Like Schenks, my endo is suddenly back on the TSH trail...

I went for my latest appointment with my endo on Wednesday and his reaction to my most recent blood results took me slightly by surprise. He spent all his time obsessing about how my TSH reading of < 0.05 mu/L (Lab range: 0.35-5.50) was dangerously low and that it could cause me cardiac problems, in the form of AF 10-12 years down the line... I have had this reading since 2010 and because he put me on T3 he has always previously agreed that the low reading was down to that factor... The other results were FT3b- 4.5 pmol/L (Lab range:3.5-6.5, which was down from last year's reading of 5.0 pmol/L) and the FT4 which was 6.5 pmol/L (Lab range: 11.0-23.0, again down on last year's of 6.6). Although I had taken my 25mcg T4 and midnight before my bloodtest, I had not taken my usual 15mcg T3 at 6am and the test was done at 9.30am due to a massive cock-up at my surgery over my arranged 8.45am appointment. I had to go to our local hospital (11miles away!) to have it done there...

He tried to persuade me to drop my 11.30am dose of 10 mcg T3 (I currently only take 35mcg/day in addition to 25mcg T4), which I refused to do citing my experience of there being a noticeable effect at around 2pm if I had forgotten to take that dose, at which stage he came out with that statement about the AF 10-12 years down the line, but backed off nonetheless. Instead, he agreed to make another appointment for 12 month's time... If anything, I was rather hoping that he might agree to an increase as my FT3b reading is quite a bit lower than it was last year and I'm finding myself putting on weight again accompanied by a decrease in energy.

Should I be worried? After reading Schenks' recent posts about her endo suddenly changing tack from being supportive and helpful to becoming obsessed about the TSH test again, I'm beginning to wonder whether there has been some form of pressure being exerted on these people to toe the official wholly discredited BTA/RCP line... Bad news all around, I think. :-(

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I'm wondering the same, as my OH's formerly supportive endo spouted the same nonsense. It has to have something to do with the cost of T3 in the UK, too. It shouldn't be so expensive - it cost pennies elsewhere - goodness knows why the NHS buyers don't challenge the price.

In the end, we shut up the endo by saying that without the T3 my OH would rarely get out of bed and that she'd rather take her chances with AF than spend the next 10 years bed-bound. But I don't think there is much of a risk of AF. My instinct is that hypothyroid people develop AF as a result of years of being undermedicated, not because they're now adequately treated with liothyronine.

I so agree!

Couldn't agree more!

Low TSH is a concern if the free t3 is high but when it is as low as this, there is certainly no concern from over replacement but perhaps a concern from under replacement.

My GP says that the reason he isn't allowed to prescribe t3 is cost. He is happy to manage me with my suppressed t3 and my private procurement of t3 as it has clearly made me so much better.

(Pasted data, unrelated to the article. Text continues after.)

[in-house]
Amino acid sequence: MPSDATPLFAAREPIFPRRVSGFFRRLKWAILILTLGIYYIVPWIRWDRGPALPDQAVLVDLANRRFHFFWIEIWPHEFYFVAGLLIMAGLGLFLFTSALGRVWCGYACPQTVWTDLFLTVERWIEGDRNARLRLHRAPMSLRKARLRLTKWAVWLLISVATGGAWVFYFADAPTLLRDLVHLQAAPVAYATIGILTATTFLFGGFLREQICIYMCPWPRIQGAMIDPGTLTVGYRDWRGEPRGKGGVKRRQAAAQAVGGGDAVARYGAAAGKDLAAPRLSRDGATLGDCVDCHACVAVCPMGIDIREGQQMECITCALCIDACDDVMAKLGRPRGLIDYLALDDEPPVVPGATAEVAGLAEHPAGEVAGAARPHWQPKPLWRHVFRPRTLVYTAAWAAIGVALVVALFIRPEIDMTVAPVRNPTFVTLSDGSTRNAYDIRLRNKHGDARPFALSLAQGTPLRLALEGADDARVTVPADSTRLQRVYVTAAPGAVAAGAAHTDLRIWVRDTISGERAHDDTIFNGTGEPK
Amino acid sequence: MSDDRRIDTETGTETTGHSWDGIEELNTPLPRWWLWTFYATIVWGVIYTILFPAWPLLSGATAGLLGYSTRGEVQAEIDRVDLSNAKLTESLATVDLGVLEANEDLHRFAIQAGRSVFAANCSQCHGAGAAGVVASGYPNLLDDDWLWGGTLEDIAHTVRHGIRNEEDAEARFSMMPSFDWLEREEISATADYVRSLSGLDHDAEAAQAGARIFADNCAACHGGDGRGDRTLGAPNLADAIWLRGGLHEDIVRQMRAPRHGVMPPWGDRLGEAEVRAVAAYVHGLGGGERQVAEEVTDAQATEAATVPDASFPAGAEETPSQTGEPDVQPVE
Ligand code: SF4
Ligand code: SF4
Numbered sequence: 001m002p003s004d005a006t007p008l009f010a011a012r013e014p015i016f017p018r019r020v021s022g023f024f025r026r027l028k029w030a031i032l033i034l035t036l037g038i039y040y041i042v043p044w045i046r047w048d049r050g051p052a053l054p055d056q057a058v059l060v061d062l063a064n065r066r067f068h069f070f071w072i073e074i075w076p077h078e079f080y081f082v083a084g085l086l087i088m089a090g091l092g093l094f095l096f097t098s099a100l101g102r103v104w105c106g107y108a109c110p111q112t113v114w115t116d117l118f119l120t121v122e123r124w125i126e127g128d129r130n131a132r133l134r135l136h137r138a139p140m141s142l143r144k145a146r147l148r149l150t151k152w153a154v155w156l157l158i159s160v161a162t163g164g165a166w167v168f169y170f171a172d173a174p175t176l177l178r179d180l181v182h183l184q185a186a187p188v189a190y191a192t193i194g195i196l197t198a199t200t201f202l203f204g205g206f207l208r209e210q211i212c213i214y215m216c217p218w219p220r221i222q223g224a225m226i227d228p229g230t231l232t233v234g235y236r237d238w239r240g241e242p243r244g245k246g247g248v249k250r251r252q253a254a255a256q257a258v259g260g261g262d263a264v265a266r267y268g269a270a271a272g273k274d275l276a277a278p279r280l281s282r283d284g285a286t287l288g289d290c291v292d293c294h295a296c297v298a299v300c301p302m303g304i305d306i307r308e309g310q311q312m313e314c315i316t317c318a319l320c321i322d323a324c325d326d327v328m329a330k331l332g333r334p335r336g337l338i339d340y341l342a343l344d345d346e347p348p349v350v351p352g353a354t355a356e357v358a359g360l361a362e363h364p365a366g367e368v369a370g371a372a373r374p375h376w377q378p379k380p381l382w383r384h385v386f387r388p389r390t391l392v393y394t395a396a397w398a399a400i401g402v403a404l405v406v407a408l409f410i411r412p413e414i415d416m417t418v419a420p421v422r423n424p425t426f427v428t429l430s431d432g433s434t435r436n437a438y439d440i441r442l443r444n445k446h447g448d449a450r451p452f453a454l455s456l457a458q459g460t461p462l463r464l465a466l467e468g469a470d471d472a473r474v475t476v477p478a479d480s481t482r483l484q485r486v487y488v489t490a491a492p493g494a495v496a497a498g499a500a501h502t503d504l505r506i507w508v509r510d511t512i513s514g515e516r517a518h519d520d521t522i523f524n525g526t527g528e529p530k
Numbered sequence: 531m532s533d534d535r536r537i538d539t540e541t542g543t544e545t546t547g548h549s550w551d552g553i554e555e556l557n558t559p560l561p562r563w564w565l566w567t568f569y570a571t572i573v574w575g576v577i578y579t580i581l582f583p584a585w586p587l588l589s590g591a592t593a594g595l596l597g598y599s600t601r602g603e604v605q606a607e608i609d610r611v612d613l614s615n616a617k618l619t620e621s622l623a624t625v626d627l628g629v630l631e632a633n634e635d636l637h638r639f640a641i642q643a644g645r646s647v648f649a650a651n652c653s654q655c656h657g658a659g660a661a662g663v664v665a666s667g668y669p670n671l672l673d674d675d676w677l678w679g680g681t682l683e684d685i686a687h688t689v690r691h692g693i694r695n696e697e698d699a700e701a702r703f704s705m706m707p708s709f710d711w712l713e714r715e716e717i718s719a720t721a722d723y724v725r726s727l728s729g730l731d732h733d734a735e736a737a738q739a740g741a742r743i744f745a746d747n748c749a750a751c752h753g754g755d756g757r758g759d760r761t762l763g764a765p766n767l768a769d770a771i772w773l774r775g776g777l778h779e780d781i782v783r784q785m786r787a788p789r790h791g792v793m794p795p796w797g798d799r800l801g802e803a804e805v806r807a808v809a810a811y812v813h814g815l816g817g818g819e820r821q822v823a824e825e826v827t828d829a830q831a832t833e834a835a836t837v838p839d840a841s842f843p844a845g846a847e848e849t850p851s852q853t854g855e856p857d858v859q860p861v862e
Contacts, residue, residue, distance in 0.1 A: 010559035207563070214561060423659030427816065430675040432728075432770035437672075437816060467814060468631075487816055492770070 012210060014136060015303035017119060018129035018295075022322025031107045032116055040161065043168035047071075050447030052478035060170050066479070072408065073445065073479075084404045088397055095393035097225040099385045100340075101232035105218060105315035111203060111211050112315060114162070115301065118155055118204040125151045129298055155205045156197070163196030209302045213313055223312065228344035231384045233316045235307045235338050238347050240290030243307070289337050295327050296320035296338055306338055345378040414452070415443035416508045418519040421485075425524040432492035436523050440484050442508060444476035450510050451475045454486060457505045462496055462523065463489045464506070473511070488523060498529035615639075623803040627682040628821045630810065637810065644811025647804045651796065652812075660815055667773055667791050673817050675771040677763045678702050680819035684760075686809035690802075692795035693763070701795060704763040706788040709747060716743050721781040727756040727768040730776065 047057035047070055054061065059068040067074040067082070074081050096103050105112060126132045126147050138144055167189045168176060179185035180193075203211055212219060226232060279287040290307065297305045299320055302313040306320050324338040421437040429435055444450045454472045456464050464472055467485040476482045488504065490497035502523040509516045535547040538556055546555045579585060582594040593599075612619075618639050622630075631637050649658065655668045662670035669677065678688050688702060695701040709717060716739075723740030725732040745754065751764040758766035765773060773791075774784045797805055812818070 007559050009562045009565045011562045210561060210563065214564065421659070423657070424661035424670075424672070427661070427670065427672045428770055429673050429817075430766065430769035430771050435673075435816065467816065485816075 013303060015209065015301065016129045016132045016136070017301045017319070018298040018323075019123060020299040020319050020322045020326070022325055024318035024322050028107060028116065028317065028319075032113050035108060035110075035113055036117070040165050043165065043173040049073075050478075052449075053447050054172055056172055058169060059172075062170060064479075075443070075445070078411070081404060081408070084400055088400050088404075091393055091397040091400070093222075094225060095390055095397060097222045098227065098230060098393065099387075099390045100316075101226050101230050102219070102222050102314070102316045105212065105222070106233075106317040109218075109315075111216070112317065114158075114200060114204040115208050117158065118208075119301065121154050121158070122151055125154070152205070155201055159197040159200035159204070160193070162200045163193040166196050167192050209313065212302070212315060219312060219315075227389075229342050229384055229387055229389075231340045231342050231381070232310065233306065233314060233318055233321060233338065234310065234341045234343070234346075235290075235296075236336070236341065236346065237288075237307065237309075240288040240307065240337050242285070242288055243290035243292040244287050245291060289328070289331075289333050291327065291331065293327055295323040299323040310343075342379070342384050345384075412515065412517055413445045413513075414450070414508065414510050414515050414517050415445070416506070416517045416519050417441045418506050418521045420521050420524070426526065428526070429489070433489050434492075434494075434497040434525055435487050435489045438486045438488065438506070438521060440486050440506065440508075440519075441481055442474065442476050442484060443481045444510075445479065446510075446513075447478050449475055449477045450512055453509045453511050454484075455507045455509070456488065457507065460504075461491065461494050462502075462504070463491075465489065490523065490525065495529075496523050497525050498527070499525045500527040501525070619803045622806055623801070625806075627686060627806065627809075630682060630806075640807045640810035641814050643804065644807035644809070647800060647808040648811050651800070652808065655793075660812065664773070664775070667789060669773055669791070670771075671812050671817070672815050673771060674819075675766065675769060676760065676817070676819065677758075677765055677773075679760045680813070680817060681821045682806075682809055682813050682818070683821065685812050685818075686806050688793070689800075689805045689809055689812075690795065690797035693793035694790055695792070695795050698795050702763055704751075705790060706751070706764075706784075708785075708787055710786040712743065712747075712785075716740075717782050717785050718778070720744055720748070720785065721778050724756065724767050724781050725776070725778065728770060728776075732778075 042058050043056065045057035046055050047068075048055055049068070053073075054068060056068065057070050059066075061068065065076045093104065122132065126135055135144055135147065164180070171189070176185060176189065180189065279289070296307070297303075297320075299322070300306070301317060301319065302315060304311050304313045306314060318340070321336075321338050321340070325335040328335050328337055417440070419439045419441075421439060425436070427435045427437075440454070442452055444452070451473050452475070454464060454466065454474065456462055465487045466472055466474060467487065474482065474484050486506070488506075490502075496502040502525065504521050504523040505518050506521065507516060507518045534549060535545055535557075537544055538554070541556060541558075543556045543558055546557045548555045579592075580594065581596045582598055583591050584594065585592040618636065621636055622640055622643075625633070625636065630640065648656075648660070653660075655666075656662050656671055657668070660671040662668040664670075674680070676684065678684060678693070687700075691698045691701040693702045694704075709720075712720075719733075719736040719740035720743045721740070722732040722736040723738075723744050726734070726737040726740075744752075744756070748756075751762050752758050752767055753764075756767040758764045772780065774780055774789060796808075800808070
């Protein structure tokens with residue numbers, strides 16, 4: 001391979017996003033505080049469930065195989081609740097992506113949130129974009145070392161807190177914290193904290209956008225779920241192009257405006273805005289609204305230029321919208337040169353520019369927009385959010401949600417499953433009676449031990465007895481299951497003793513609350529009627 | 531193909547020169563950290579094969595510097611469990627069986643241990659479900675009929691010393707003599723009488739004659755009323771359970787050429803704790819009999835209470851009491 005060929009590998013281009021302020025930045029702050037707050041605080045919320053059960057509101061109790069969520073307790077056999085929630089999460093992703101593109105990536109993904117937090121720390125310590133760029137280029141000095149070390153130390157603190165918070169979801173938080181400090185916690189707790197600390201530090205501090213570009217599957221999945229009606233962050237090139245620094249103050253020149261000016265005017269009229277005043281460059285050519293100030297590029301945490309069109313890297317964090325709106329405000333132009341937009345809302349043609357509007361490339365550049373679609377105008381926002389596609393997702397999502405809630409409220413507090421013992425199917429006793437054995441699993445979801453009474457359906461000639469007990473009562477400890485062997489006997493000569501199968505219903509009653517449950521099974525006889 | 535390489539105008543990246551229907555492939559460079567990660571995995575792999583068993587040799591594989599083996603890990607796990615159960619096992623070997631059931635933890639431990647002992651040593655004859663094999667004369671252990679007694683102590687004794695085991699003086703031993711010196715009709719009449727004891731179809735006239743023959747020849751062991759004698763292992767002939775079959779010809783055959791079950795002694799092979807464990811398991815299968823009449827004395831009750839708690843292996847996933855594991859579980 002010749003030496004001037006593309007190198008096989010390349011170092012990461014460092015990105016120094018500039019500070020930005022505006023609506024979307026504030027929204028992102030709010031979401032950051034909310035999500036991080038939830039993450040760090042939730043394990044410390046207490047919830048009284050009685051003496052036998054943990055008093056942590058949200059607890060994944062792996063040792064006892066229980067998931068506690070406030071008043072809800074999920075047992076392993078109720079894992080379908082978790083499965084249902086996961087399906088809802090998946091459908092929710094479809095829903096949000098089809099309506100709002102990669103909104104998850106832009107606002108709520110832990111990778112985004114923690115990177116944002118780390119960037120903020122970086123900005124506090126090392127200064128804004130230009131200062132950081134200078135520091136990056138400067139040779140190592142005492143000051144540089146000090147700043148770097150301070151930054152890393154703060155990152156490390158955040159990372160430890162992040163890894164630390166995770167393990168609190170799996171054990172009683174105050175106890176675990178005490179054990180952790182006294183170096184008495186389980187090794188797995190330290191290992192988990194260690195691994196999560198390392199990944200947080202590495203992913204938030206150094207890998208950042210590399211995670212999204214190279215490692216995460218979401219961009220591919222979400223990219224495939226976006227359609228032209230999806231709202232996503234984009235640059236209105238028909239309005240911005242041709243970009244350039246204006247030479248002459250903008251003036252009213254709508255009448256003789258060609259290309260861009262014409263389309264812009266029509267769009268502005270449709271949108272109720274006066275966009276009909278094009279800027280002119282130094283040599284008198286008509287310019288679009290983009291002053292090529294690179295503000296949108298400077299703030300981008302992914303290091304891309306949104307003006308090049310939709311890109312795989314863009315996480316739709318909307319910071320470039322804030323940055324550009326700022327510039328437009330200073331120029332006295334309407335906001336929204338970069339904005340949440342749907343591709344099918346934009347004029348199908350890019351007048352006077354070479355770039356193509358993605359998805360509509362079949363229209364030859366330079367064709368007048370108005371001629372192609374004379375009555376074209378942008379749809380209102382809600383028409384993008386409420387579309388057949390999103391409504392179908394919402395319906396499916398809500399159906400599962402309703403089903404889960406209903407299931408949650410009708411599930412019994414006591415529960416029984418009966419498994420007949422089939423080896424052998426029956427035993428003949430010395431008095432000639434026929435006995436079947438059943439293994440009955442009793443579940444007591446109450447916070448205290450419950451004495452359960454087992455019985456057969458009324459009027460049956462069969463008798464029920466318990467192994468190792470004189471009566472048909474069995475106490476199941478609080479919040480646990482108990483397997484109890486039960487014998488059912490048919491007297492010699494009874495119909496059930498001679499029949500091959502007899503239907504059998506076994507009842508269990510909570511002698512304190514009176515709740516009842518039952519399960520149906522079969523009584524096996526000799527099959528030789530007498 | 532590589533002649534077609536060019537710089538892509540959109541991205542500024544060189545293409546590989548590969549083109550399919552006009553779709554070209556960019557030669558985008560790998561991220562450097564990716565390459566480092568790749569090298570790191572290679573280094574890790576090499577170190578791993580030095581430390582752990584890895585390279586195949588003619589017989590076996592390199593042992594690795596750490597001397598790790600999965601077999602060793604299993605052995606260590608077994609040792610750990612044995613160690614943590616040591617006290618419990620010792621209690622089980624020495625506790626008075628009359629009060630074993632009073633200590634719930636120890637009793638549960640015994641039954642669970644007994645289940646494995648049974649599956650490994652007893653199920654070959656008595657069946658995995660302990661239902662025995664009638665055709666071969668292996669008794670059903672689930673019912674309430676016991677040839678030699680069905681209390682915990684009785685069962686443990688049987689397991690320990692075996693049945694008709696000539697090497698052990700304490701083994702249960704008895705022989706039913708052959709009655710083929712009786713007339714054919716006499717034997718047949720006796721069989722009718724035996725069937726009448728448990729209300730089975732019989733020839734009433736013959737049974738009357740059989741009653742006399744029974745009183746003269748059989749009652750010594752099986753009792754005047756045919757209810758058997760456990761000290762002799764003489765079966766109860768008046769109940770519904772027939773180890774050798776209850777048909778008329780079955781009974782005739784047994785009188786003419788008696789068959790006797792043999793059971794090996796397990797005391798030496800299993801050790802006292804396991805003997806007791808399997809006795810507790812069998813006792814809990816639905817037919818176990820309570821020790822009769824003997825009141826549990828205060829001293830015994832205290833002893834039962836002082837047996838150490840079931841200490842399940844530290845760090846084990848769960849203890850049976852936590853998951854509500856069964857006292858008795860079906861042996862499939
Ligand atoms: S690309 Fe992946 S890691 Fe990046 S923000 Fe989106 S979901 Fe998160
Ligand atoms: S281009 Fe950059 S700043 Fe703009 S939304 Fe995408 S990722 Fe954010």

Hi Carolyn, I'm so glad you are doing well with T3. Are you completely off your high dose of T4 now or do you take both?

Thanks. I was taking 100mcg t3 only but added 25mcg of t4 for a bit of storage in case I got noro virus again (couldn't keep my tablets down for several days this year!). Unfortunately after a few weeks I have seen the return of symptoms, including severe joint pain, insomnia and fatigue. I have not taken it for two days and am feeling a little better. I clearly can't tolerate even small doses of t4. Even still, I am much better than a few years ago :)

That's quite interesting. I've been posting videos by Dr. John Bergman on youtube, Carolyn. Whew, he doesn't like T4 at all.

You should check him out regarding thyroid and adrenals. He's excellent at teaching and his segments on the nervous system are outstanding.

Is my post being hijacked by a private conversation???

Just sort of, kind of. It is on topic for people taking both T4 and T3. Carolyn's experience sounds like your own and might be helpful to you as well.

You bet its bad news allround if its due to BTF /RCP pressure

Strange how my husband and daughters TSH has been pretty much ZERO for well over 12 years and neither have any sign of AF ............and since my husband is 72 and originally had Graves age 28 and far too many years untreated or on lousy thyroxine or even 120mcg T3 strange how good health appeared on NDT and zero TSH

So,I have had a supressed tsh for about 13 years due to taking t3 and later, NDT. Should I be or am I worried about AF? Hell no.... I am not all worried about it and it hasn't happened.

Scare stories..... Ask your doc for proof.... How the heck can he threaten you with something which might happen in the distant future ..... I would have stood there and laughed at him.

Xx. G

I turned around and told him flat that at the age of 60 already I wasn't really looking to make old bones, a thought which, quite frankly, terrifies me fartless! He didn't have an answer for that one! :-D

Explain that being UNDER medicated causes worse problems and anyway taking thyroxine of any kind can supress the TSH. It has to be said that TSH is a pituitary hormone so why are they testing it instead of thyroid hormones? Your doctor is an ADVSOR only and it is down to how you feel NOT numbers!

That's why I am treading my own path... I will decide how much T4/T3 to take to make me feel better and use him only to monitor my blood results. At least with the TSH reading being so low the lab automatically takes it further to test the FT3 and FT4.

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